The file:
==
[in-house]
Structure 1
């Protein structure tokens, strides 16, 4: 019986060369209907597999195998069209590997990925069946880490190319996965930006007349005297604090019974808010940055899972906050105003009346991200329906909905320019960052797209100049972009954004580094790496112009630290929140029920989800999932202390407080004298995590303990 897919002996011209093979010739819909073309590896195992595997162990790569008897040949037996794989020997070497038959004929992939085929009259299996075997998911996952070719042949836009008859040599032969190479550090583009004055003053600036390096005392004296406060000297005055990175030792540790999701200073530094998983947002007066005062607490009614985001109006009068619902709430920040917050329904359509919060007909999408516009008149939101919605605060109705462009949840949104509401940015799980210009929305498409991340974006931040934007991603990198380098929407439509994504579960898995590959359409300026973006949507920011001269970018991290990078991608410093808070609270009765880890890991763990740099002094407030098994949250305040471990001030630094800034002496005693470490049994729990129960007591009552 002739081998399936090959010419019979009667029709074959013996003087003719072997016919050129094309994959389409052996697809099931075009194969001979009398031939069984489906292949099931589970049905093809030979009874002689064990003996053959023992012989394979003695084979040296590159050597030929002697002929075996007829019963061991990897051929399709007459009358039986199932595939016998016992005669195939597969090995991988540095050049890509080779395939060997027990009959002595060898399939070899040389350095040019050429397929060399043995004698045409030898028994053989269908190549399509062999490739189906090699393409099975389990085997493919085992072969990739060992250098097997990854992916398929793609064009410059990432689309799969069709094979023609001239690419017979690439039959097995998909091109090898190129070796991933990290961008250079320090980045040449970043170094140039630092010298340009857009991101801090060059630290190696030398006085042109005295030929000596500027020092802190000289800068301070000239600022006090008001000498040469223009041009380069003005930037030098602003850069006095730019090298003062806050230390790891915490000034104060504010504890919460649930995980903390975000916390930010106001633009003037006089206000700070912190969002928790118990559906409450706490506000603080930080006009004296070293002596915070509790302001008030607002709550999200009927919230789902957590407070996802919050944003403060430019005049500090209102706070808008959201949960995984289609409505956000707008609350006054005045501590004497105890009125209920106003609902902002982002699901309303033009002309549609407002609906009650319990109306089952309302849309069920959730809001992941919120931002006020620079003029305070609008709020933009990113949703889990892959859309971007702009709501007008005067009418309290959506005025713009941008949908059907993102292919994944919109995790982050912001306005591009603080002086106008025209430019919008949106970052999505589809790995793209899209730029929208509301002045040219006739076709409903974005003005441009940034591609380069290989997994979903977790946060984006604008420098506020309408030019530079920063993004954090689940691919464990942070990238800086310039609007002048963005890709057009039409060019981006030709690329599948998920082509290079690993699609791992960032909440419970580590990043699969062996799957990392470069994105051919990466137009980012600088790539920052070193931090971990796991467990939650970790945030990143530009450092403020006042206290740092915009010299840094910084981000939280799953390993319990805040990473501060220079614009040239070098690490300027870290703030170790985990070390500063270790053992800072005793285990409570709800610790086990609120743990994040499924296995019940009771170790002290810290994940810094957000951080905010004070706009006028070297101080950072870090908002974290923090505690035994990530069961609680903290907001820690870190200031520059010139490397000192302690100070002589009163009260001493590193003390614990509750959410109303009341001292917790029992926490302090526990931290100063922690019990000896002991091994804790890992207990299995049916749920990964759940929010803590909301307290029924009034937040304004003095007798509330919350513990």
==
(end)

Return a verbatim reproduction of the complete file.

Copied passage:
[in-house]
Structure 1
């Protein structure tokens, strides 16, 4: 019986060369209907597999195998069209590997990925069946880490190319996965930006007349005297604090019974808010940055899972906050105003009346991200329906909905320019960052797209100049972009954004580094790496112009630290929140029920989800999932202390407080004298995590303990 897919002996011209093979010739819909073309590896195992595997162990790569008897040949037996794989020997070497038959004929992939085929009259299996075997998911996952070719042949836009008859040599032969190479550090583009004055003053600036390096005392004296406060000297005055990175030792540790999701200073530094998983947002007066005062607490009614985001109006009068619902709430920040917050329904359509919060007909999408516009008149939101919605605060109705462009949840949104509401940015799980210009929305498409991340974006931040934007991603990198380098929407439509994504579960898995590959359409300026973006949507920011001269970018991290990078991608410093808070609270009765880890890991763990740099002094407030098994949250305040471990001030630094800034002496005693470490049994729990129960007591009552 002739081998399936090959010419019979009667029709074959013996003087003719072997016919050129094309994959389409052996697809099931075009194969001979009398031939069984489906292949099931589970049905093809030979009874002689064990003996053959023992012989394979003695084979040296590159050597030929002697002929075996007829019963061991990897051929399709007459009358039986199932595939016998016992005669195939597969090995991988540095050049890509080779395939060997027990009959002595060898399939070899040389350095040019050429397929060399043995004698045409030898028994053989269908190549399509062999490739189906090699393409099975389990085997493919085992072969990739060992250098097997990854992916398929793609064009410059990432689309799969069709094979023609001239690419017979690439039959097995998909091109090898190129070796991933990290961008250079320090980045040449970043170094140039630092010298340009857009991101801090060059630290190696030398006085042109005295030929000596500027020092802190000289800068301070000239600022006090008001000498040469223009041009380069003005930037030098602003850069006095730019090298003062806050230390790891915490000034104060504010504890919460649930995980903390975000916390930010106001633009003037006089206000700070912190969002928790118990559906409450706490506000603080930080006009004296070293002596915070509790302001008030607002709550999200009927919230789902957590407070996802919050944003403060430019005049500090209102706070808008959201949960995984289609409505956000707008609350006054005045501590004497105890009125209920106003609902902002982002699901309303033009002309549609407002609906009650319990109306089952309302849309069920959730809001992941919120931002006020620079003029305070609008709020933009990113949703889990892959859309971007702009709501007008005067009418309290959506005025713009941008949908059907993102292919994944919109995790982050912001306005591009603080002086106008025209430019919008949106970052999505589809790995793209899209730029929208509301002045040219006739076709409903974005003005441009940034591609380069290989997994979903977790946060984006604008420098506020309408030019530079920063993004954090689940691919464990942070990238800086310039609007002048963005890709057009039409060019981006030709690329599948998920082509290079690993699609791992960032909440419970580590990043699969062996799957990392470069994105051919990466137009980012600088790539920052070193931090971990796991467990939650970790945030990143530009450092403020006042206290740092915009010299840094910084981000939280799953390993319990805040990473501060220079614009040239070098690490300027870290703030170790985990070390500063270790053992800072005793285990409570709800610790086990609120743990994040499924296995019940009771170790002290810290994940810094957000951080905010004070706009006028070297101080950072870090908002974290923090505690035994990530069961609680903290907001820690870190200031520059010139490397000192302690100070002589009163009260001493590193003390614990509750959410109303009341001292917790029992926490302090526990931290100063922690019990000896002991091994804790890992207990299995049916749920990964759940929010803590909301307290029924009034937040304004003095007798509330919350513990």